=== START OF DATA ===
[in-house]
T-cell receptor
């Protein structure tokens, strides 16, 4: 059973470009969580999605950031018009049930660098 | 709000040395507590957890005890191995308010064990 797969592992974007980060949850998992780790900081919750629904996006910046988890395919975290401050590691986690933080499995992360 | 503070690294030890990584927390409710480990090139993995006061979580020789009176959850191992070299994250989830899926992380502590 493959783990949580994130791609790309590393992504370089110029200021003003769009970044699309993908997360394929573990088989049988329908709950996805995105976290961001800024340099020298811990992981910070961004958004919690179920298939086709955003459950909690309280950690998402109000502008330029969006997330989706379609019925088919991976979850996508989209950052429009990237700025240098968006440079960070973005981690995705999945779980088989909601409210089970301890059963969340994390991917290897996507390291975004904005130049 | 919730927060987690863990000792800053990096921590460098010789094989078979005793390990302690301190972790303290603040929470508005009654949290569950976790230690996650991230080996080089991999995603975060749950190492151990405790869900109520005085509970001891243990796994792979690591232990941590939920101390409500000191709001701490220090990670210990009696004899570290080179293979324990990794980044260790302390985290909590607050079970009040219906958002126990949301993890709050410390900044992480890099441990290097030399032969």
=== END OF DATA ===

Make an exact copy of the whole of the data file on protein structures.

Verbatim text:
[in-house]
T-cell receptor
């Protein structure tokens, strides 16, 4: 059973470009969580999605950031018009049930660098 | 709000040395507590957890005890191995308010064990 797969592992974007980060949850998992780790900081919750629904996006910046988890395919975290401050590691986690933080499995992360 | 503070690294030890990584927390409710480990090139993995006061979580020789009176959850191992070299994250989830899926992380502590 493959783990949580994130791609790309590393992504370089110029200021003003769009970044699309993908997360394929573990088989049988329908709950996805995105976290961001800024340099020298811990992981910070961004958004919690179920298939086709955003459950909690309280950690998402109000502008330029969006997330989706379609019925088919991976979850996508989209950052429009990237700025240098968006440079960070973005981690995705999945779980088989909601409210089970301890059963969340994390991917290897996507390291975004904005130049 | 919730927060987690863990000792800053990096921590460098010789094989078979005793390990302690301190972790303290603040929470508005009654949290569950976790230690996650991230080996080089991999995603975060749950190492151990405790869900109520005085509970001891243990796994792979690591232990941590939920101390409500000191709001701490220090990670210990009696004899570290080179293979324990990794980044260790302390985290909590607050079970009040219906958002126990949301993890709050410390900044992480890099441990290097030399032969």